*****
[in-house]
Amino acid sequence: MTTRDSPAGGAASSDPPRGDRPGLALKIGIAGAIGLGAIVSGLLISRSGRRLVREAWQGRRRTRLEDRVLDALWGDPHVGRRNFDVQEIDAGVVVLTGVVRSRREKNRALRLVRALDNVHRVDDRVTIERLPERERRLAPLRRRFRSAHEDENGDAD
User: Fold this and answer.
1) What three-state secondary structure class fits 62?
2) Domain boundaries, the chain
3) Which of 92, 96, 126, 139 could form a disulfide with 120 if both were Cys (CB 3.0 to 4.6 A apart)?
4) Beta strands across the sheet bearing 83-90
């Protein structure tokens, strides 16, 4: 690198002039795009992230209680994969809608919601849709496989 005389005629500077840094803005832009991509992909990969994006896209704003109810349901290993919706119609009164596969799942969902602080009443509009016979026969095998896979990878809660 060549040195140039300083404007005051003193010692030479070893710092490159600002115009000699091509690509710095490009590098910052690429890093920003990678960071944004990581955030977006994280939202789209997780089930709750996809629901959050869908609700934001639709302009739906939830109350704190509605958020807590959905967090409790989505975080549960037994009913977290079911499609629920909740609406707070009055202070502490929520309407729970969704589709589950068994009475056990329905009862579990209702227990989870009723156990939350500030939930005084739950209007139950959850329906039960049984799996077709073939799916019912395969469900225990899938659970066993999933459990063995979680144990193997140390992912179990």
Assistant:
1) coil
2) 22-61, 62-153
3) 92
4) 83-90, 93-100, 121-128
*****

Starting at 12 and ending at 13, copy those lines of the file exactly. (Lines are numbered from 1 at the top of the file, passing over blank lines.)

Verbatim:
3) 92
4) 83-90, 93-100, 121-128